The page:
When it comes to Christmas dinner, Our Place needs a lot of prep time. That’s because its kitchen staff and volunteers expect to feed over 750 hungry people.
As manager of food services at Our Place, Brian Cox is a pro at creating tasty meals for the masses on a limited budget. And thanks to the extra support of donors during the festive season, he’s able to get his hands on 450 kg of turkey, 225 kg of potatoes, 110 kg of stuffing, 100 kg of vegetables, 115 litres of gravy, 25 kg of cranberry sauce, 125 pies and over 1,500 cups of coffee.
Angel Gifts at Our Place - Over 750 presents will be delivered to people in need
VICTORIA, B.C. – For the last four years, Our Place volunteer Linda Ryder has dedicated her Christmas to collecting as many presents as possible. But before you get jealous, she then gives all of them away to vulnerable people who might otherwise go without.
Giving Thanks for Family at Our Place -- Local dignitaries help serve over 1,000 Thanksgiving meals to region’s homeless and working poor.
Thanks to our fabulous sponsor, 2 Burley Men Moving, we have a new TV ad running on CTV that focuses on just some of the important work we are doing in Victoria.
As many food service providers are facing skyrocketing demand, it seems donations are tanking. And some are pointing a finger of blame at tent city. In each of the last three months, donations for Our Place Society have fallen by $50,000. Administrators say calls and emails indicate frustration with the courthouse encampment. “I think people were starting to feel that there was some entitlement, that there was some violence growing there, there were some issues with the neighbourhood and people were struggling to support it,” Evans told CTV News.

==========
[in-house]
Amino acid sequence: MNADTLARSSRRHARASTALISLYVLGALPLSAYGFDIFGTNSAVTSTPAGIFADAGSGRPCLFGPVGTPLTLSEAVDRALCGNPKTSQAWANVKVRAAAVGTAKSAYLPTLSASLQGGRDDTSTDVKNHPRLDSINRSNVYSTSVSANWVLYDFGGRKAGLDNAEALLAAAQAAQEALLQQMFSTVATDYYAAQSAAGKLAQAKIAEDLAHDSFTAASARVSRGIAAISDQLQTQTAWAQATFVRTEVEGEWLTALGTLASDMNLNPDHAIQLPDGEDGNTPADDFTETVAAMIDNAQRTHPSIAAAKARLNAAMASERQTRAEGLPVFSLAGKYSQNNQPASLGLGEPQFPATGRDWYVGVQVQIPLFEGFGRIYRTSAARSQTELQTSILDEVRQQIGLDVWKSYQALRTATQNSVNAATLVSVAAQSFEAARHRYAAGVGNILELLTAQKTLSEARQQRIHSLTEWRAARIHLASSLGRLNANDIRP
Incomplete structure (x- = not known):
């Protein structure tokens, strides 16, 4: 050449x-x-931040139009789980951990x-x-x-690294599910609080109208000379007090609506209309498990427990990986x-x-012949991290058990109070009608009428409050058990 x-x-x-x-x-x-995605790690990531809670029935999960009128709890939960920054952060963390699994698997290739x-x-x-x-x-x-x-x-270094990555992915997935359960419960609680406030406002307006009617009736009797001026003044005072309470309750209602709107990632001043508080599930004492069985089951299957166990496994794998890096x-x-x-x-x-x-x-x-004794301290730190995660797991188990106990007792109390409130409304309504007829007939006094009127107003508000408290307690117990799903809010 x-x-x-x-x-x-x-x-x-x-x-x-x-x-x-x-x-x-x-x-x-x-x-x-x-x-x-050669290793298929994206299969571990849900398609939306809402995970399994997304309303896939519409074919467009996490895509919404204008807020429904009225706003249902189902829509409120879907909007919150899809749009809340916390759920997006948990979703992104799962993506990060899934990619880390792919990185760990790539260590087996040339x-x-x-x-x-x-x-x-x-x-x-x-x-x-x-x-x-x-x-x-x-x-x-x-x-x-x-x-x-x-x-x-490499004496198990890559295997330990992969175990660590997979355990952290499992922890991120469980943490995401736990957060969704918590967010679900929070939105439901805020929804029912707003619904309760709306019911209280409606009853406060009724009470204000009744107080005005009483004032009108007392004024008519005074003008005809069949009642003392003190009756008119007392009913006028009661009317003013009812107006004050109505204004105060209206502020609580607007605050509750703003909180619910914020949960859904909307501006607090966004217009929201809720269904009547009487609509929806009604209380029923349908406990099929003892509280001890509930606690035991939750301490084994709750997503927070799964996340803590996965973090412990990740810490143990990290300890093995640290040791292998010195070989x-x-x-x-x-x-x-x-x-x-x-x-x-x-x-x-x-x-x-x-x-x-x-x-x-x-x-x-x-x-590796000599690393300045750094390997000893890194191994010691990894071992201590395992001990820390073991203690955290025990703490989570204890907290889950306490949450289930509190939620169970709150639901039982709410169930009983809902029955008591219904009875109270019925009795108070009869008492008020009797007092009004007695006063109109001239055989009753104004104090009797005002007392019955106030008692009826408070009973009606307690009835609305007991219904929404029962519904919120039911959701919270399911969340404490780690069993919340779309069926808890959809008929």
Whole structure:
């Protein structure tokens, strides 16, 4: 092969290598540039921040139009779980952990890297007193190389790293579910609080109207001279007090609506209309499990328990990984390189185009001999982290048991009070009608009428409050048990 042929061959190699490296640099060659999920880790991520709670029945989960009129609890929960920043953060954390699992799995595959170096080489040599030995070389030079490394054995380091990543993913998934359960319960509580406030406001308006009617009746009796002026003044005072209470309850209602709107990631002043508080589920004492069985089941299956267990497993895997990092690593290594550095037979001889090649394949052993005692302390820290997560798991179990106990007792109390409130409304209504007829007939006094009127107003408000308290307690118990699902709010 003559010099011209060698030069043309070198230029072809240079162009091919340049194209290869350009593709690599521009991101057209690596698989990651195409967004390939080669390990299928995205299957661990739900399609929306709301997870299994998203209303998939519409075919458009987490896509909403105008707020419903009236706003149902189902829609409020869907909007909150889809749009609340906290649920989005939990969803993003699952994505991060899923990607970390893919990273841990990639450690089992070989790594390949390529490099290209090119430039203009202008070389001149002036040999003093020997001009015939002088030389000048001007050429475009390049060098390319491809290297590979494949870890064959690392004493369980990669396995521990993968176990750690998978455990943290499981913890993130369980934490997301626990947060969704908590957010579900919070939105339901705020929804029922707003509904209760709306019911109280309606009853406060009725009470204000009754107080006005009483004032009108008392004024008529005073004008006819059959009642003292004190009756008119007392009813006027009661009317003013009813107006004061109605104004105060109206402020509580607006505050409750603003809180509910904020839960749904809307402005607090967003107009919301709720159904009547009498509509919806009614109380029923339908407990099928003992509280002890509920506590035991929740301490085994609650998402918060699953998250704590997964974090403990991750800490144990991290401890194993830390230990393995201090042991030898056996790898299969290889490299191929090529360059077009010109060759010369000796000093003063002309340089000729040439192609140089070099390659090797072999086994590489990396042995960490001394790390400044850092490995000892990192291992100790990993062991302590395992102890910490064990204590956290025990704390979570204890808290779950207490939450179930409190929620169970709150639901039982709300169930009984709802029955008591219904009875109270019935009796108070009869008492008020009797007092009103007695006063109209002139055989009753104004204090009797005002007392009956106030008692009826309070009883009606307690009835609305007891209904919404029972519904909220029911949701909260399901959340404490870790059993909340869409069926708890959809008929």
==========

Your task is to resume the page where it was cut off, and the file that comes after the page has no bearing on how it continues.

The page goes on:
Hunger in Victoria has hit a new high. More people are turning to meal programs, but at the same time organizations say donations are drying up. In the 2015-2016 fiscal year, Our Place Society served 100,000 more meals than the year before. “We are seeing more seniors, people struggling with health care costs and housing costs. We’re seeing younger people that can’t find jobs and we’re seeing more people on the street,” said Don Evans, executive director of Our Place.
Choices open house and art show testament to once-homeless woman’s transformation Residents of the Choices transitional shelter threw open their doors Saturday, welcoming the public in for lunch, and an exhibit of their artwork. Our Place Society, which runs the 50-space facility, including indoor rooms and an outdoor tenting space, is looking to View Royal residents for support to extend operations through March 2017. But Sunday’s event was put on the people who have come to call it home, and one woman in particular who’s made a remarkable transformation.
In co-operation with the City of Victoria, Our Place is helping transform a small piece of Centennial Square into a therapeutic garden for those living in transitional housing.
Most vulnerable offered day of great food with dignity
Local businessman Scott Burley had so much fun serving up some of Victoria’s best food truck grub to the vulnerable population at Our Place last year, that he’s doing it again.
“I want everyone to be treated wi0h kindness and respect, regardless of their income or station in life,” says Burley who owns and operates 2 Burley Men moving company. “All the local food vendors I approached were eager to get onboard, and I know it will be both a fun and eye-opening event.”
Medicine Hat has committed to finding someone a place to live within 10 days of learning he/she is homeless. Eugene, Oregon has been exploring shelter alternatives, such as micro-housing in Opportunity Village. And Victoria is a strong supporter of a Regional Housing First Strategy. Together, these three cities have one common goal: to end homelessness.